Tough on teens
THERE is certainly a need to attack this sort of problem head on ( Blitz on young drinkers, September 12), first dispersing and discouraging the groups of teenagers who gather in public places and generally intimidate passers by (regardless of alcohol in
THERE is certainly a need to attack this sort of problem head on ("Blitz on young drinkers," September 12), first dispersing and discouraging the groups of teenagers who gather in public places and generally intimidate passers by (regardless of alcohol involvement or not).
I noted on a walk through the town centre a group of 15-year-olds playing an aggressive game of football on the market square, while it was full of parked cars. Ultimately, dealing with every case hands-on is a costly, time-consuming never-ending exercise.
Secondly, clamping down on shops which supply alcohol to kids is something that should be constant. However, I suspect this will ultimately have a minimal effect given the resourcefulness of today's typical teen. Intimidation of an older passer-by, older spouses, shopliftling, and irresponsible parents are alternative sources that spring to mind, be it booze or ciggies.
Ultimately, the responsibility falls on the parents to be suitably responsible themselves, and in turn, teach respect for life, feeling and property, promoting responsibility, and engraving the basic principles of a society and community into their children's upbringing. Simply being aware of where they are, what they are doing, who they are with, when they will be home (why there is a need for any child to be out late at night is beyond me) would be any improvement.
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Without such policing at such vulnerable ages, children will always go one step further than the last, leaving society in one hell of a mess in years to come.
I was no angel as a teenager, only a few years ago. I no doubt did things that others deemed inappropriate, even anti-social. Ultimately, what kept me on the straight and narrow was knowing right from wrong - having the irritating little voice in the back of my head telling me I shouldn't be doing something; regretting something after the event; feeling absolute shame when caught or reprimanded. I suspect there are a growing number that lack such a voice.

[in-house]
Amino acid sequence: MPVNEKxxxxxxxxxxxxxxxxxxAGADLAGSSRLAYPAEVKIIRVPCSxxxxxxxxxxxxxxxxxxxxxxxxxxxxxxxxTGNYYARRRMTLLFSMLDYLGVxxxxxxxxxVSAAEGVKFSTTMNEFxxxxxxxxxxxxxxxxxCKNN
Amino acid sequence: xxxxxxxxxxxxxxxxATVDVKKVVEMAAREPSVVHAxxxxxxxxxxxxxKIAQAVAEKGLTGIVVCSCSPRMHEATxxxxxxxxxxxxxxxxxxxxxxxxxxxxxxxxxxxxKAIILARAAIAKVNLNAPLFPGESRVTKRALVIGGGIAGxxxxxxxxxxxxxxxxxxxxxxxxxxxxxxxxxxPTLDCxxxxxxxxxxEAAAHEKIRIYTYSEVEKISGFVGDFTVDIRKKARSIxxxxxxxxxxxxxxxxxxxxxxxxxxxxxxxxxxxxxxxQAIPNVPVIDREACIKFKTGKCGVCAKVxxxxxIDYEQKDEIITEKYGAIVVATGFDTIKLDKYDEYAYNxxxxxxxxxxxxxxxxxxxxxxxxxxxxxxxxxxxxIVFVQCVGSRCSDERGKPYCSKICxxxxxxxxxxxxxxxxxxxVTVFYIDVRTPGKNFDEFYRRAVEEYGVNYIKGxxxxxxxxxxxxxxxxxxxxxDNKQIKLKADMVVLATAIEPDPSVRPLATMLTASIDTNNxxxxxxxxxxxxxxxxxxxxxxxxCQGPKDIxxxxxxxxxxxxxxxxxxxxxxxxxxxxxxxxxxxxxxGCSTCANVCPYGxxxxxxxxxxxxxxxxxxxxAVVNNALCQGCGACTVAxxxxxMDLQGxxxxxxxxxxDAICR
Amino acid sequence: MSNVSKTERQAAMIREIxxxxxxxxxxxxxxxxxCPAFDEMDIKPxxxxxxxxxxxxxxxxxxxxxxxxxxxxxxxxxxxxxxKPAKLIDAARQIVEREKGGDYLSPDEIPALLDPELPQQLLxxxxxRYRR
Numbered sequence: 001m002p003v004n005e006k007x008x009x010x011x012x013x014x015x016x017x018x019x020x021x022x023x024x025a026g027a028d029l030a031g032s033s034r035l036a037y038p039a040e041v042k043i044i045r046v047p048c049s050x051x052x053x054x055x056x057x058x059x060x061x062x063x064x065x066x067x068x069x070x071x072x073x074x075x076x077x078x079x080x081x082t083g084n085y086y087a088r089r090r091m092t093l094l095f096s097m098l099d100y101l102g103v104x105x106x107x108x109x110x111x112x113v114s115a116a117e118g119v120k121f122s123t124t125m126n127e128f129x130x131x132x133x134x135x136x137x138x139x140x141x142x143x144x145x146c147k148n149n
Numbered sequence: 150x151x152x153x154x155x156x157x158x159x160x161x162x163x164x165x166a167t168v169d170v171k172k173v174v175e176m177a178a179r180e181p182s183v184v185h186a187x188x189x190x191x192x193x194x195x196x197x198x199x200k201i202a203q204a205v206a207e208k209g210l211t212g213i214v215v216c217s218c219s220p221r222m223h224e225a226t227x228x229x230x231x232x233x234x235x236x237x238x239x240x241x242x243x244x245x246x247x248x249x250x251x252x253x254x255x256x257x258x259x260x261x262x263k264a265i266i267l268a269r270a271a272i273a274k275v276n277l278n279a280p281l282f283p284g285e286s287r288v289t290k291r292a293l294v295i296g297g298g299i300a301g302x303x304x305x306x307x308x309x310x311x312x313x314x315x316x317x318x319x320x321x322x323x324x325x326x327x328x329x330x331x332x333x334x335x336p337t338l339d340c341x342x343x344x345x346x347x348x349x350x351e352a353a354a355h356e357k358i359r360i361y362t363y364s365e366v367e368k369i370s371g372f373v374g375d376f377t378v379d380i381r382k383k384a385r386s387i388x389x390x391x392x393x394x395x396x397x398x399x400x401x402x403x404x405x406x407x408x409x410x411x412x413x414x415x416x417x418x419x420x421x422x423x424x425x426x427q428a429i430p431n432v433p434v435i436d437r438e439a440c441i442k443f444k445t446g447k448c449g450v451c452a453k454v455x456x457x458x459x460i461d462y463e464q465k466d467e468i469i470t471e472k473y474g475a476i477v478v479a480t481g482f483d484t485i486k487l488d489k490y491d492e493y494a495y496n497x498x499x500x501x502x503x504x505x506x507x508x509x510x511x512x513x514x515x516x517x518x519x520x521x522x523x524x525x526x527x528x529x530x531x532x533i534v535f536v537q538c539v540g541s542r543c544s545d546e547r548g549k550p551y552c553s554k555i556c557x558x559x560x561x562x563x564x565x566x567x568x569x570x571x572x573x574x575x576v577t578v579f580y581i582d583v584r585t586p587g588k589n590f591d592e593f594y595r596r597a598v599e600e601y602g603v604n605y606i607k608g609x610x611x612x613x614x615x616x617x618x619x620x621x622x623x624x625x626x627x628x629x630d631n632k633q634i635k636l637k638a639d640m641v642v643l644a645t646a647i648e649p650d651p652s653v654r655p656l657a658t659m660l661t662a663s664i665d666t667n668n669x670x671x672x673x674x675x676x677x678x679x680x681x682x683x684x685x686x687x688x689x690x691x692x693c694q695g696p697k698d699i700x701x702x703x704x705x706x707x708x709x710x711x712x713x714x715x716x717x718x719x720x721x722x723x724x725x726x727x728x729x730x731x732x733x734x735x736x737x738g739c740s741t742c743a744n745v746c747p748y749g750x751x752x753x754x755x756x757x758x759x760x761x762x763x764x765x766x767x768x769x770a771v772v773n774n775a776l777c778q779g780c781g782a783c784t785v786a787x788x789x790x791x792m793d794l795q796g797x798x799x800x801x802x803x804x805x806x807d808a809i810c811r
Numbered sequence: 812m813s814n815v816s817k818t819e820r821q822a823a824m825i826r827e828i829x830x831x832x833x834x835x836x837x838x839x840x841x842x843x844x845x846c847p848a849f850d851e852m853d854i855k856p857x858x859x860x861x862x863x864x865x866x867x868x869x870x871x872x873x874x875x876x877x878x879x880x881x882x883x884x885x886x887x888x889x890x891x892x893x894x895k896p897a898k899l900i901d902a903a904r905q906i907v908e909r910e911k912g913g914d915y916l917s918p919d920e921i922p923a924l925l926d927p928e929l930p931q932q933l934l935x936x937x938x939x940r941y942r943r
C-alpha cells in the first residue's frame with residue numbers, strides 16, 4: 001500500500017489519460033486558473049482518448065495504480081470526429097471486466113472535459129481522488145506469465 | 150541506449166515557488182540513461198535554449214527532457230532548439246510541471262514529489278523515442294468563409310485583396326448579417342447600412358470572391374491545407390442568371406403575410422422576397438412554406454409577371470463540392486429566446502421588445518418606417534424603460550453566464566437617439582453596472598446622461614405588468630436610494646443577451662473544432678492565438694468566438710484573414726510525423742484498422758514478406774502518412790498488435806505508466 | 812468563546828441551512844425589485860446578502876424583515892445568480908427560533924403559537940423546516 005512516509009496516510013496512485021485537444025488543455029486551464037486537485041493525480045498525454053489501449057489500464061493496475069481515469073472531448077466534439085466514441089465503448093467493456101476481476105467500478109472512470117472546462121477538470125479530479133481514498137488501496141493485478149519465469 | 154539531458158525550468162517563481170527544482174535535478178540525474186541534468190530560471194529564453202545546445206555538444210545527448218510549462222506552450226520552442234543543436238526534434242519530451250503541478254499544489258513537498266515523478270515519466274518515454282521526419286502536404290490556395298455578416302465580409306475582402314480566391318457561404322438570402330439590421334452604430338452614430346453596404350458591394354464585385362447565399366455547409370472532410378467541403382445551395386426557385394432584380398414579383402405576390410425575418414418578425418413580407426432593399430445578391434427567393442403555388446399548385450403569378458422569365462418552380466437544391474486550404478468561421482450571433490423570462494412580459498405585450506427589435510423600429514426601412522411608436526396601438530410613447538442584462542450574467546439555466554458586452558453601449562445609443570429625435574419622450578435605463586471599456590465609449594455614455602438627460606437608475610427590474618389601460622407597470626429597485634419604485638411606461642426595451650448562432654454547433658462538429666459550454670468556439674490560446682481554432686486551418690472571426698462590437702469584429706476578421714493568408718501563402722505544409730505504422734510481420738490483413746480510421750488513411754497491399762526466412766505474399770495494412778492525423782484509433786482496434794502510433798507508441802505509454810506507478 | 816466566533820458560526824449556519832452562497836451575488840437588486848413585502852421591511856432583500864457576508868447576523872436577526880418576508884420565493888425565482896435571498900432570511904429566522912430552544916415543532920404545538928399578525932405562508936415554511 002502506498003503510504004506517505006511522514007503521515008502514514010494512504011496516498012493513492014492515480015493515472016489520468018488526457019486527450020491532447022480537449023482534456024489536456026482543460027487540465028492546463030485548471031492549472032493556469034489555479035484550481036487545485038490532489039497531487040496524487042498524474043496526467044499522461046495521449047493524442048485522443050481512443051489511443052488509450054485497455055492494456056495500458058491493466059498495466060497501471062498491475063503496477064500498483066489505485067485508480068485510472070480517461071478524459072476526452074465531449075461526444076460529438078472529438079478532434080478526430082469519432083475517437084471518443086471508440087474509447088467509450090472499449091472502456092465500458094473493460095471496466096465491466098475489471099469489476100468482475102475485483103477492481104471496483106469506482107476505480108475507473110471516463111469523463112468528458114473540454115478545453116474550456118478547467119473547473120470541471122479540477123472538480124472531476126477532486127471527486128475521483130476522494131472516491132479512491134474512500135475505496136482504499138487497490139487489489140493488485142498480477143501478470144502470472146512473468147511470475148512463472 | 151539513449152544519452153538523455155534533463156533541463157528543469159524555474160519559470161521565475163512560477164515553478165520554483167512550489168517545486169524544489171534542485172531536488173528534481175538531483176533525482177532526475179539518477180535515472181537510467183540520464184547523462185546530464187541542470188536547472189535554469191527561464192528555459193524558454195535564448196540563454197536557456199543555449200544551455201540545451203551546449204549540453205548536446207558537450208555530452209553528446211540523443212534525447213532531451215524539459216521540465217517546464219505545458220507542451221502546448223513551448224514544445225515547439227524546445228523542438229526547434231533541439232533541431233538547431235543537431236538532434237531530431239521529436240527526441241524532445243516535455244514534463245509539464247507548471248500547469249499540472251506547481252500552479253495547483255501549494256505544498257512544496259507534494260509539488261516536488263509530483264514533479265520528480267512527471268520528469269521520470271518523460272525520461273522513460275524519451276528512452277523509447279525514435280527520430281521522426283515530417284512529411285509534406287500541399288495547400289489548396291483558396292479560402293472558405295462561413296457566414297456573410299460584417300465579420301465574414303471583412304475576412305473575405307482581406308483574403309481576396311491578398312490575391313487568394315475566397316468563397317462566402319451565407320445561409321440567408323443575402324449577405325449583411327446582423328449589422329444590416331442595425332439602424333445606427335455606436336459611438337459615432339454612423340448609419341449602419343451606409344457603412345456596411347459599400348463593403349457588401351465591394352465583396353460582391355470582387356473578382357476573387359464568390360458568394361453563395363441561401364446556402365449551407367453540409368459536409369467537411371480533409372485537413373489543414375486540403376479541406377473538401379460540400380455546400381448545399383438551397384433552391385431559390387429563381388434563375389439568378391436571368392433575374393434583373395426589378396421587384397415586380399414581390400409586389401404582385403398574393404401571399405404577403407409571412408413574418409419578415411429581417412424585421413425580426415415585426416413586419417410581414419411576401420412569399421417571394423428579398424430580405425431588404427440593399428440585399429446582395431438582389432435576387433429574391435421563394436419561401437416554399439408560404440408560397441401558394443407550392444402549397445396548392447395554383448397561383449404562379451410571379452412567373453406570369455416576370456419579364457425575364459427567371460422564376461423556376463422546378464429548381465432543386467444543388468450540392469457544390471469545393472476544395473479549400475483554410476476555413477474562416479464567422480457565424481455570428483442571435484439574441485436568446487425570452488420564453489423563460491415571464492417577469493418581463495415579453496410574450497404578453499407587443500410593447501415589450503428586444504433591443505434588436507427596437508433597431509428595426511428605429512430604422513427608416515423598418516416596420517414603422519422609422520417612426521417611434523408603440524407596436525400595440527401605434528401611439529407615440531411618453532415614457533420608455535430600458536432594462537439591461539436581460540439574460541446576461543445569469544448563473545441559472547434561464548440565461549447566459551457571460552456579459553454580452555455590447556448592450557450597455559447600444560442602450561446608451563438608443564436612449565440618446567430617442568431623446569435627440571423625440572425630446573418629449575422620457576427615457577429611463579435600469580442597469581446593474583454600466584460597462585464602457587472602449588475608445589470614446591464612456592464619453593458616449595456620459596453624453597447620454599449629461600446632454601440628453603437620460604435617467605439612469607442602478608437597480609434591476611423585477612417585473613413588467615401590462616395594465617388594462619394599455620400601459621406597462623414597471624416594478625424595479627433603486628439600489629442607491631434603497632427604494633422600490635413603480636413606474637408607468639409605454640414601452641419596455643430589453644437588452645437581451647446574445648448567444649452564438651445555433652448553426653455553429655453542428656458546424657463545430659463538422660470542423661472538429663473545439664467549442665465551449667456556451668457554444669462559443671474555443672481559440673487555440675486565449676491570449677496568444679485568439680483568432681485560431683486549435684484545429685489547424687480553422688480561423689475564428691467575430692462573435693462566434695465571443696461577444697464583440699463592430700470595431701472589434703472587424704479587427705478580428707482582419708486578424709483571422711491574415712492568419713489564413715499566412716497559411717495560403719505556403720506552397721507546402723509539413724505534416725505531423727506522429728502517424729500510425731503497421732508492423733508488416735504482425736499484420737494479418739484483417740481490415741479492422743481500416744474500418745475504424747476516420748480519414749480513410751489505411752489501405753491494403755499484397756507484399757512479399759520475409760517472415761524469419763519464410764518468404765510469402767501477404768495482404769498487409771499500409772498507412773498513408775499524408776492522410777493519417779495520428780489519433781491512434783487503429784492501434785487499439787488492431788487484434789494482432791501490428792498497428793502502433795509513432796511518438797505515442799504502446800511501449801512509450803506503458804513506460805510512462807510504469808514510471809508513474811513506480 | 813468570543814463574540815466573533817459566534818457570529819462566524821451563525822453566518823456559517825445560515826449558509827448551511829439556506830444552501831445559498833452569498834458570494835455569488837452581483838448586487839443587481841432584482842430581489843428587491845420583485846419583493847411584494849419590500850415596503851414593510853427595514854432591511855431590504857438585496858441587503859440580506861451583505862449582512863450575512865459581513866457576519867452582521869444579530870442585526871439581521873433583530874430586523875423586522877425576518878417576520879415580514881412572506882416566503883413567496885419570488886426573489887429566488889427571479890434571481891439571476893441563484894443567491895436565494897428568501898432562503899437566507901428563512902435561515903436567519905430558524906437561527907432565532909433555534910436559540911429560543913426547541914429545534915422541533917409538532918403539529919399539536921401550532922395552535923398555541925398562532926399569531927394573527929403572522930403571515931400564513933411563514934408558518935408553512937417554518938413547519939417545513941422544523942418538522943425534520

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Like it or not, teenagers are children. Aspire to be mature though they may, they have so much to learn in so little time. Without support and guidance, they could end up anywhere.
IAN FRANCIS, Bishops Road, Eynesbury
* YOUR article about underage drinking (September 12) asked if there are any no-go areas in St Neots. The answer to this is most clearly yes - including the area visited by your reporter near the skate-board ramp.
Between them, local residents in various parts of the town could probably name at least half a dozen areas which are regularly the location for anti-social behaviour and intimidation. The police are no doubt already aware of the areas concerned (or could be if they made any effort to find out) but choose not to do anything to address the problem.
I strongly suspect that this is deliberate policing policy - ie provided the damage to property is not too severe and anti-social behaviour consists mainly of excessive noise and intimidation rather than serious assault - then they do not feel it appropriate to intervene.
Most responsible parents I know refuse to allow their children to go to the skateboard ramp on an evening, because they know that the remote location inevitably means that it's a magnet for many of the town's more dubious element. The best thing the council could do with the ramp is dismantle it, then reassemble it in a location that is brightly lit and readily visible to passers-by.
That way the decent kids who actually want to use the facility for its intended purpose would be able to do so in safety - and passing adults could enjoy some of the skills that these youngsters develop.
CHRIS HUGHES, Burwell Road, Eaton Socon
* YOU refer to underage drinking, and not long ago an article appeared about the Priory Centre coming to an end so the land could be used for luxury flats.
So what have we got? There are huge numbers of young people with very few leisure facilities on offer - one swimming pool (why not another like the Oasis in Bedford?) Why not more indoor and outdoor sports facilities (the ones we have look old and worn out) and a cinema, which seems to be a dirty word to the powers that be. How about KFC, Pizza Hut or McDonalds? The kids would love it.
As to the ramp on the Riverside, it was built as far from town as possible, with very little light or security. People can't be bothered with it really. So what did they expect?
Don't keep building houses everywhere and selling us as a commuter town. We want alternatives to drink and drugs for our young people, so give us facilities. Of course it costs money. Borrow it from Huntingdonshire District Council, which has plenty.
The young are the future. Let's get positive and look after them.
Mrs RAMONA WEBB, Manor Farm Road, St Neots